Here are the finished shields painted and waiting for the crest to be added.
This is a the front of both shields. The one on the left is called a heater shield the one on the right a kite shield or cavalry shield.
The back showing the handles and arm pad. I will probably grind the bolts down a bit to make them look more like rivets. I still need to add a should strap which will just bolt on the top two bolts of each shield.

It may seem like over kill, but it was not too hard to do. Plus I love this kind of procrastinating project. 
Now I suppose I should paint the pictures.

Wednesday, June 1, 2011

Updating a drawing.

I was recently asked for a small illustration to advertise someone's Harn game session at a convention- Des-Con 2011. It would go in the convention catalog. They are running the adventure 100 Bushels of Rye.
I did not to any of the illustrations for that adventure, those were all done wonderfully by Eric Hotz.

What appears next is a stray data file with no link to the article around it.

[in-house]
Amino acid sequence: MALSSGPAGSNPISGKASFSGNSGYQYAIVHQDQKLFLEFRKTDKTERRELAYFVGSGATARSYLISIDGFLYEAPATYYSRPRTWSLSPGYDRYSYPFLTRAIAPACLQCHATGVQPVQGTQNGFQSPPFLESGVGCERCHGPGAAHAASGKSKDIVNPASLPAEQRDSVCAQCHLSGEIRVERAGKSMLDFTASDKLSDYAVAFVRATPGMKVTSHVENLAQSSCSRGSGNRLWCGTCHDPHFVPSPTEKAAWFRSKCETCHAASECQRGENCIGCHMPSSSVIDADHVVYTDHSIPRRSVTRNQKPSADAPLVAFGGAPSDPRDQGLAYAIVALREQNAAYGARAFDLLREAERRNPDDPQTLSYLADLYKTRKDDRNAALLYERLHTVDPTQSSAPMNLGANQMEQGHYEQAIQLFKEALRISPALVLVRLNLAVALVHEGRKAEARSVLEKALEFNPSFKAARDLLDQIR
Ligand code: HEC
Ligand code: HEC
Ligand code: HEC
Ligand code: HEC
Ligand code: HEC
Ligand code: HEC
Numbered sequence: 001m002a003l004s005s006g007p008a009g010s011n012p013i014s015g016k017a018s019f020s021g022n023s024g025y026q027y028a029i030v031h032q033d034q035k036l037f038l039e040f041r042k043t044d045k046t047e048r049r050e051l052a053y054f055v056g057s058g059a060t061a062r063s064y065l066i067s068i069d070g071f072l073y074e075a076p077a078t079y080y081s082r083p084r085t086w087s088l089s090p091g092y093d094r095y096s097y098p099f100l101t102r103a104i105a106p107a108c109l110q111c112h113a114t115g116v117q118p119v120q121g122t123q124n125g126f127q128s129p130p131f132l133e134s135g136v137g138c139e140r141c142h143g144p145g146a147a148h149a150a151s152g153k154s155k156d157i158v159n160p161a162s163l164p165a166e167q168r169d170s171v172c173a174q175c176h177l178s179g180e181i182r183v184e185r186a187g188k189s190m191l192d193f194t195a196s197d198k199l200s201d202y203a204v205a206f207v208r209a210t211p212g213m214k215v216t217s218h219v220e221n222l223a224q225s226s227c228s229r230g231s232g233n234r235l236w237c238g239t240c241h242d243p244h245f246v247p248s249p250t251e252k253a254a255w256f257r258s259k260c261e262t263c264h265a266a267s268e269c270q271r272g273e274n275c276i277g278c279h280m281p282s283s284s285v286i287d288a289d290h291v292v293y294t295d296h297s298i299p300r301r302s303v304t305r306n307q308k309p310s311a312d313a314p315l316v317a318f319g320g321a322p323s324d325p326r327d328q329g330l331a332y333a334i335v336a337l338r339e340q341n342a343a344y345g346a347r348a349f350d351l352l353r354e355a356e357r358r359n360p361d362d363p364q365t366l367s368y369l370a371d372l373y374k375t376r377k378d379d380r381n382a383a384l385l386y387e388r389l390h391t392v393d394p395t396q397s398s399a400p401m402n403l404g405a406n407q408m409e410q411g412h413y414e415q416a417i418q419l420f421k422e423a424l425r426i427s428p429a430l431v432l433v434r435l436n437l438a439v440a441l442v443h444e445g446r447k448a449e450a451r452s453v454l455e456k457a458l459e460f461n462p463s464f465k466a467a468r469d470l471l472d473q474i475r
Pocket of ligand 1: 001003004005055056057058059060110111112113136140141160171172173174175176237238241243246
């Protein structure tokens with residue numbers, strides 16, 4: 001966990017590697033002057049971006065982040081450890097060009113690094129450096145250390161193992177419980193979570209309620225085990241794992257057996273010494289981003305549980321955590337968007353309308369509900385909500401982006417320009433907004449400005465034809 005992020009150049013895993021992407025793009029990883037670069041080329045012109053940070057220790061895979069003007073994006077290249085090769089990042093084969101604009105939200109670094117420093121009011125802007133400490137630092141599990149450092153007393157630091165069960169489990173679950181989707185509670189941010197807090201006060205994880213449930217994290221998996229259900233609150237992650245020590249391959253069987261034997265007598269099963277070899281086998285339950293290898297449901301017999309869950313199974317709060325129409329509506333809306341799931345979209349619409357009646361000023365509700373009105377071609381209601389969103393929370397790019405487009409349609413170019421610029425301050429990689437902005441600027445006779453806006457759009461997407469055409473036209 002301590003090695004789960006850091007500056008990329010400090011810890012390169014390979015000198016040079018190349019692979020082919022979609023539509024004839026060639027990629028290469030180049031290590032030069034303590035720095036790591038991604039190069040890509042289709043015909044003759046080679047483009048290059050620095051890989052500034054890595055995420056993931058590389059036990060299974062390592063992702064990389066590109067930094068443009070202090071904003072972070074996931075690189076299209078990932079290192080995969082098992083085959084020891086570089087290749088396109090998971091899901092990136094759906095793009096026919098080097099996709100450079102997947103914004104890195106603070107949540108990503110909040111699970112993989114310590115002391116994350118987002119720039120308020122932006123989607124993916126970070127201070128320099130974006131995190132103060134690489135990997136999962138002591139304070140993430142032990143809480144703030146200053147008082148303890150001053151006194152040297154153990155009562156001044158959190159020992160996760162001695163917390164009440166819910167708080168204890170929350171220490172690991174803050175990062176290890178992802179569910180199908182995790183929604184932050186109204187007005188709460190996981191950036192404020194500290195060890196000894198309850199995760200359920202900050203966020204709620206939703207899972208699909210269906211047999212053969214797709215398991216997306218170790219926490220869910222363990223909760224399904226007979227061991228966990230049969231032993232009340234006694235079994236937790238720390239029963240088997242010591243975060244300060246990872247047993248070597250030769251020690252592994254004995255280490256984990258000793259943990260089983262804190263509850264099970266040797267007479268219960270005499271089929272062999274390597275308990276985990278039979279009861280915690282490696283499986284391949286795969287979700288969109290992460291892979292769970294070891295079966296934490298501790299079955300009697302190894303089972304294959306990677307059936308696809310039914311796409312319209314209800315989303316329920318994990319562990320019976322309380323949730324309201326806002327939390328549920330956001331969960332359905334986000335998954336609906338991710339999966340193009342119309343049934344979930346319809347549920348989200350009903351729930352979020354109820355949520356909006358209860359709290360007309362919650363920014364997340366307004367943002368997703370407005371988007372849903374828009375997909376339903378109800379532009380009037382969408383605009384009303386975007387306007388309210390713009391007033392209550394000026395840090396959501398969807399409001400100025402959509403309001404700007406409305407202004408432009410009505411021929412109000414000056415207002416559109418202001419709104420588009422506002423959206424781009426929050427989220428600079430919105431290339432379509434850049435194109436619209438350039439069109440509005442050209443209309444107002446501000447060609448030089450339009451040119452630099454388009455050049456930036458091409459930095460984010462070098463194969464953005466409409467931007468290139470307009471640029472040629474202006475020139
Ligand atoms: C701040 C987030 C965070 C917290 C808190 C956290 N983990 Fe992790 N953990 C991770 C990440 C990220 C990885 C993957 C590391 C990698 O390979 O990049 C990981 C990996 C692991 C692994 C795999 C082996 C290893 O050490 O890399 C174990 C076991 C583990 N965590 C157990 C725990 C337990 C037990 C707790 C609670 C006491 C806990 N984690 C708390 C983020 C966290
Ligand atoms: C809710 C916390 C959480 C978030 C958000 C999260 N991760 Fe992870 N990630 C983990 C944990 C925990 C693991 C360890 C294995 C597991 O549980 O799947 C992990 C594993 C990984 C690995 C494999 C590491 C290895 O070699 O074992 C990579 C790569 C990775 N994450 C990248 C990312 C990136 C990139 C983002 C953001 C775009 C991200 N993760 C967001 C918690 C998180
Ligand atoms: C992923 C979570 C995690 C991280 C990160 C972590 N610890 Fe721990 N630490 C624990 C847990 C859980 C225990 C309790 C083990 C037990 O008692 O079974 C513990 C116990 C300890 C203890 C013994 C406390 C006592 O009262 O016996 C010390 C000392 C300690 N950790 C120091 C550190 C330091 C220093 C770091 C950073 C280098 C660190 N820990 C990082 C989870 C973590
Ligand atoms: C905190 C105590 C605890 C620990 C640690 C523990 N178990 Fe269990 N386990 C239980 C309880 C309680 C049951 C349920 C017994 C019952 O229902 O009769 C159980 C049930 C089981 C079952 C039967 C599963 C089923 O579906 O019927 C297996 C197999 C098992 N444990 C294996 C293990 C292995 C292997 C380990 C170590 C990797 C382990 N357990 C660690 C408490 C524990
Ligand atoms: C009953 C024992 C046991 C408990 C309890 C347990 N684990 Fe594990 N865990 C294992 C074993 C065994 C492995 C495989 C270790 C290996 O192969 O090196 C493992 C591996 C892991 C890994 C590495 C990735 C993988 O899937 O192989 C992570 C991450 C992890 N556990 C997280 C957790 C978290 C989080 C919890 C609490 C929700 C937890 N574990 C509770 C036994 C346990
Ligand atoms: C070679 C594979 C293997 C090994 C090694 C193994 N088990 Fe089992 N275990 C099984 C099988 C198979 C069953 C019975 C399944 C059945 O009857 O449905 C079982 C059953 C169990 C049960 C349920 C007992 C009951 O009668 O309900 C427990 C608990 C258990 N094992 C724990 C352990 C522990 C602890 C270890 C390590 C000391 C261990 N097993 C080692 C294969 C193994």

I did to an illustration of one of the characters in the adventure- Sheriff Maldan Harabor. I thought of sending the image I did for the Olokand article, but decided to just do an updated version of it. I really like this illustration, but it was a bit clunky. It was a done almost 10 years ago and I thought it needed an update. I often cringe at some of my early illustration work and hope I keep improving so I can cringe at the stuff I am doing now- but it is a problem if there is an opportunity to reuse art. I often end up reworking it.
Copyright © 2010, Columbia Games, Inc. and Richard Luschek  
I thought I would just touch up the face of Maldan showing him without the hat on, a more relaxed I am going to take over the throne kind of look.
So here was my first image reworked in photoshop. I was able to sculpt his head out a bit more and give it more form.
Copyright © 2010, Columbia Games, Inc. and Richard Luschek
Here he is without the hat and without hair. I got a few complaints from some of the Harn writers that his dad is not bald so he should not be. I don't think genetics works that way, but I thought about it and threw on a full head of hair. It was also suggested he looked too much like a Klingon.
Copyright © 2010, Columbia Games, Inc. and Richard Luschek
Feel free to save these images to use in your game if you like. Let me know which one you like better- I still prefer the bald one.